Open source Advent calendar: Tor browser for anonymously surfing

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It’s an advent calendar for tech-savvy people. In the fully commercialized digital world, almost everything is owned by a large internet company. Their software is neither open nor free. As an alternative, there is this small island of the open source world: software whose code is publicly visible and can be independently verified for possible security breaches and backdoors. Software that can be freely used, distributed and improved. Often the motivation for work is simply the joy of providing something useful to the company.

Short portraits of open source projects will be published on heise online from December 1 to 24. These are the functions of the respective software, pitfalls, history, context, and funding. Some projects are supported by an individual, others by a loosely organized community, a tightly managed foundation with full-time staff, or a consortium. The work is done entirely on a voluntary basis, or it is funded through donations, cooperation with internet companies, government funding, or an open source business model. Whether it is a single application or a complex ecosystem, whether it is a PC program, an application or an operating system, the diversity of open source is overwhelming.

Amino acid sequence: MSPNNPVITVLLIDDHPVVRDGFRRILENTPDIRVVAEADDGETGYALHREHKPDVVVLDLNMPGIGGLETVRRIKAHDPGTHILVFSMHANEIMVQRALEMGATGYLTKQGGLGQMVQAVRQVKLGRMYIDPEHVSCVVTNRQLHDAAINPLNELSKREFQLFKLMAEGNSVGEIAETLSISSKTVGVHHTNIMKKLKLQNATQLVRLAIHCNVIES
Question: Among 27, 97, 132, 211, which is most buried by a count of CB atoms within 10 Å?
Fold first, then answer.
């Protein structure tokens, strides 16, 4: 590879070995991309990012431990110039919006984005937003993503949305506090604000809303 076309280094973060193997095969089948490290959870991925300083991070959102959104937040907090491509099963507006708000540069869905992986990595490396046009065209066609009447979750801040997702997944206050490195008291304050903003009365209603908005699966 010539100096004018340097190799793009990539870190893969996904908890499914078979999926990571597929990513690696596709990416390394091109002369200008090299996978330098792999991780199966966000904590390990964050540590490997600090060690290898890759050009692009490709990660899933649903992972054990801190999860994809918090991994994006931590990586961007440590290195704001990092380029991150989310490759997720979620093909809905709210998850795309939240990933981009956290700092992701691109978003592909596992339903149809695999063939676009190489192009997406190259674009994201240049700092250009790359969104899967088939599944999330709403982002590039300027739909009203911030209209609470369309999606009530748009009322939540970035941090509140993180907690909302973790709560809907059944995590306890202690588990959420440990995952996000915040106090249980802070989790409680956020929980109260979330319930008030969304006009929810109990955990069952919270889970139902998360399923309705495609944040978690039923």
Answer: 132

Short portraits of open source projects will be published on heise online from December 1 to 24. These are the functions of the respective software, pitfalls, history, context, and funding.

An Unusual Career: Thanks to long-term government funding, the Child of Military Research has become the most important weapon against government control of the Internet.

The Tor anonymization browser directs data traffic to its destination through three stations and disguises IP addresses. This enables anonymous and uncensored use of websites: ISPs only see the first Tor node, not the travel destination. You cannot log in or prevent access to the website. Instead of the IP address used, websites only see the last of the three Tor nodes. And secret services that spy can’t make sense of the data traffic either.

Tor Originally stands for “The Onion Router” and is developed by the American organization The Tor Project. The technology is under the 3-clause BSD license. The main application is the Tor browser for PC. Tor Browser for Android is the official Android application; Onion browser is recommended for iOS, developed by a member of the Tor community. A by-product is the Darknet under the .onion pseudo-termination, accessible with the Tor browser.